In this Urology Care Podcast, Dr. Lisa Hawes discusses the facts you need to know urinary tract infections (UTI’s). The Urology Care Podcast is the official podcast of the Urology Care Foundation. To listen to more Urology Care Podcasts and to subscribe to the podcast, go to: https://www.urologyhealth.org/living-healthy/podcast #UTI #UrologyCarePodcast #UrologyCareFoundation
Each year, urinary tract infections (UTIs) account for close to 10 million doctor visits. A UTI can occur when bacteria gets into your urine and settles in your bladder. Women are four times more likely than men to get a UTI, and the summertime may bring with it an increased risk to get one.
A UTI is when bacteria gets into your urine and travels up to your bladder. UTIs cause more than 8.1 million visits to health care providers each year. About 60% of women and 12% of men will have at least one UTI during their lifetime.
The role of the urinary tract is to make and stores urine. Urine is one of the waste products of your body. Urine is made in the kidneys and travels down the ureters to the bladder. The bladder stores the urine until it is emptied by urinating through the urethra, a tube that connects the bladder to the skin. The opening of the urethra is at the end of the penis in a male and above the vaginal opening in a female.
When you have a UTI, the lining of the bladder and urethra become red and irritated just as your throat does when you have a cold. The irritation can cause pain in your lower abdomen pelvic area and even lower back, and will usually make you feel like urinating more often. Burning or pain when urinating is the most common symptom. You may even feel a strong urge or need to urinate but only get a few drops. This is because the bladder is so irritated that it makes you feel like you have to urinate, even when you don’t have much urine in your bladder. At times, you may lose control and leak urine. You may also find that your urine smells bad and is cloudy.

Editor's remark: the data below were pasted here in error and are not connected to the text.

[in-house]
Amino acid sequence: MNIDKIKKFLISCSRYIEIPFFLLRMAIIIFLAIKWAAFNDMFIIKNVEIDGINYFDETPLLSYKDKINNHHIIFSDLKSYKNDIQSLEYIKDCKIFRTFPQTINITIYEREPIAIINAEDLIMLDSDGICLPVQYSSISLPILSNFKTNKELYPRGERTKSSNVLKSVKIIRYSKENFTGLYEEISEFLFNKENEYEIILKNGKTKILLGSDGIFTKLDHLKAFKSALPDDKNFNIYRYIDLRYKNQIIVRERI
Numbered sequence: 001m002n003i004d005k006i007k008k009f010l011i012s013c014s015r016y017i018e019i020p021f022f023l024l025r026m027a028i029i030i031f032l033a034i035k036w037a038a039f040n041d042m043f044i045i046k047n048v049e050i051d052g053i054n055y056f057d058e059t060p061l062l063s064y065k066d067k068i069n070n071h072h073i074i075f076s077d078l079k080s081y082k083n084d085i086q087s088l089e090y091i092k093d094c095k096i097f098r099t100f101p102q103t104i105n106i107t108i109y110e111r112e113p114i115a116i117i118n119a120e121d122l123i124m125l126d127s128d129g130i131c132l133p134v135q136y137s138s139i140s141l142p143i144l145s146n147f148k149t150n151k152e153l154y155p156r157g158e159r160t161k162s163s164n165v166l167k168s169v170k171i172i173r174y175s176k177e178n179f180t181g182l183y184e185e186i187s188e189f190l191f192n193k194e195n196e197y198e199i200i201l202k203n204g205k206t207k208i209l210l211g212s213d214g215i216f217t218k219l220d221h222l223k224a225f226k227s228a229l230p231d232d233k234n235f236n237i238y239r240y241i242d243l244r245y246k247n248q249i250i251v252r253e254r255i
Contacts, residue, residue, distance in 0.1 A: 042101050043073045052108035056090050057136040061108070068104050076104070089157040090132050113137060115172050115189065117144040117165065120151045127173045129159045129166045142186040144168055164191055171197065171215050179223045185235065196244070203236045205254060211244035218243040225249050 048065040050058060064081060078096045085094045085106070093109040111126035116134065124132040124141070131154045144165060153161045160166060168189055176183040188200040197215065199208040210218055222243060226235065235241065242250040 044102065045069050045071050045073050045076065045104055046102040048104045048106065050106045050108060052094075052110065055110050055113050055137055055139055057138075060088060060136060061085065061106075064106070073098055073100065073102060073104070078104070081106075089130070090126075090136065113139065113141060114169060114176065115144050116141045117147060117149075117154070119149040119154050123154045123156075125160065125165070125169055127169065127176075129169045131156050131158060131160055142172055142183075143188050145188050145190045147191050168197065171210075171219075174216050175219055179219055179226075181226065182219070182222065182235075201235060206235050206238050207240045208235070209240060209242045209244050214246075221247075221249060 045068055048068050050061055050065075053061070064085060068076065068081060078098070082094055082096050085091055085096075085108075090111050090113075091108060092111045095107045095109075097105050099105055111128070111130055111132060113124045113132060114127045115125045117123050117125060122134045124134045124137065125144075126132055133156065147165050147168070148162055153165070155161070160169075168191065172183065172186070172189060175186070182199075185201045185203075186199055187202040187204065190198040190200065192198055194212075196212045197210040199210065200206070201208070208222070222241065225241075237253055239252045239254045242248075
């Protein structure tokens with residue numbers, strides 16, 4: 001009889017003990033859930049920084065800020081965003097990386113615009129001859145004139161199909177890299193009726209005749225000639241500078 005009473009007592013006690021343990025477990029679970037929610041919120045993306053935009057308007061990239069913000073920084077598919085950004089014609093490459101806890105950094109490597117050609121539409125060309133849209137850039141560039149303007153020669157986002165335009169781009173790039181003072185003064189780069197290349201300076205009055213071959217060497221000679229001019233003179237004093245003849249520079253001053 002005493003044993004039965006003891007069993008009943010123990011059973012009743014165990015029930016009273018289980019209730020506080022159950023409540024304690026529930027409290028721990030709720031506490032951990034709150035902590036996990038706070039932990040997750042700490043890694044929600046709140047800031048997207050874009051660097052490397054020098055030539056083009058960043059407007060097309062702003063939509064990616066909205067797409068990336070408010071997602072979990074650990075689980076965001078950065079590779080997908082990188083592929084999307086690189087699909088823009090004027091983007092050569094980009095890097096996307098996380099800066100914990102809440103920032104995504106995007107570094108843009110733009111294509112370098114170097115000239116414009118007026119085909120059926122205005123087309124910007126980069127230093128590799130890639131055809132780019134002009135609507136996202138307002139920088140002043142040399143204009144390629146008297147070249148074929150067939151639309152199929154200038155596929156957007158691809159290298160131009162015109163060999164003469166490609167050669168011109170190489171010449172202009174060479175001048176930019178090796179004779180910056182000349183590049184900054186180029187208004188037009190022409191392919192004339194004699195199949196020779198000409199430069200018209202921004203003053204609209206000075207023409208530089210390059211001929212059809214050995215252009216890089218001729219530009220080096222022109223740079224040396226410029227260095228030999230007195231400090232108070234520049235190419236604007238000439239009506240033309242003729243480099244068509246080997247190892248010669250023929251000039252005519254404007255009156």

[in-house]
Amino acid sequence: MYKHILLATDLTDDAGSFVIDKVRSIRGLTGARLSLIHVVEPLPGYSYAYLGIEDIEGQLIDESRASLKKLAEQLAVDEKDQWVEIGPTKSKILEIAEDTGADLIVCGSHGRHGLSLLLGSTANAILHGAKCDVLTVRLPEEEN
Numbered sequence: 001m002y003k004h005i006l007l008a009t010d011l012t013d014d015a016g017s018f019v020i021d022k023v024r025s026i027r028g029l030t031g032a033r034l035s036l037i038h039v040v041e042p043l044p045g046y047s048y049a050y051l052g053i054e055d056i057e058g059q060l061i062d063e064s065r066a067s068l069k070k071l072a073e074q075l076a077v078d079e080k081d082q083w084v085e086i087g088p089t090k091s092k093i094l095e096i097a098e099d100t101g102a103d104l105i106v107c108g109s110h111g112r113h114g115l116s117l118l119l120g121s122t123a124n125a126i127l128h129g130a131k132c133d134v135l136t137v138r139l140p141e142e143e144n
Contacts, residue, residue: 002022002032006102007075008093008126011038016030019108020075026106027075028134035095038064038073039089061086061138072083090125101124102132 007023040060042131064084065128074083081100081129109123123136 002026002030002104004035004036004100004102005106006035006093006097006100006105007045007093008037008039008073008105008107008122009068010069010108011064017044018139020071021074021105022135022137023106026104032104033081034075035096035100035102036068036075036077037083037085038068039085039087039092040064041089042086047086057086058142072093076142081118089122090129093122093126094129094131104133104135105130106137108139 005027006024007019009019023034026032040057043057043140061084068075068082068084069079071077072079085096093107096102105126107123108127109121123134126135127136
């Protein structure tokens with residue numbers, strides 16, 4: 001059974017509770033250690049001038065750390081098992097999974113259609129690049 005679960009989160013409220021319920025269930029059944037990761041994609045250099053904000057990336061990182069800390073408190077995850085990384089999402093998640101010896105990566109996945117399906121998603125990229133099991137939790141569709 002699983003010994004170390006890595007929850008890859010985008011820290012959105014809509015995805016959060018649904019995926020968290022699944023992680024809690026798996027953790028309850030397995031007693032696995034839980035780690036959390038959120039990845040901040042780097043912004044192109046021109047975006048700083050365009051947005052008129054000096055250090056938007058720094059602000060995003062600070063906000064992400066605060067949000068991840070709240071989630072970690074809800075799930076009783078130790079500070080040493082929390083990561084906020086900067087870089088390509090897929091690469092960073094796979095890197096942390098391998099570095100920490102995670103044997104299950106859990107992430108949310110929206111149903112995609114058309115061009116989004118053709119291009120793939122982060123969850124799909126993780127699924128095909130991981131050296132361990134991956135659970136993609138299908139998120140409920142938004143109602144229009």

Large numbers of bacteria live in the area around the vagina and rectum, and also on your skin. Bacteria may get into the urine from the urethra and travel into the bladder. They may even travel up to the kidney. But no matter how far they go, bacteria in the urinary tract can cause problems.
If you are worried about a UTI, then you should talk with your health care provider. UTIs can be found by analyzing a urine sample. The urine is examined under a microscope for bacteria or white blood cells, which are signs of infection. Your health care provider may also take a urine culture. This is a test that detects and identifies bacteria and yeast in the urine, which may be causing a UTI.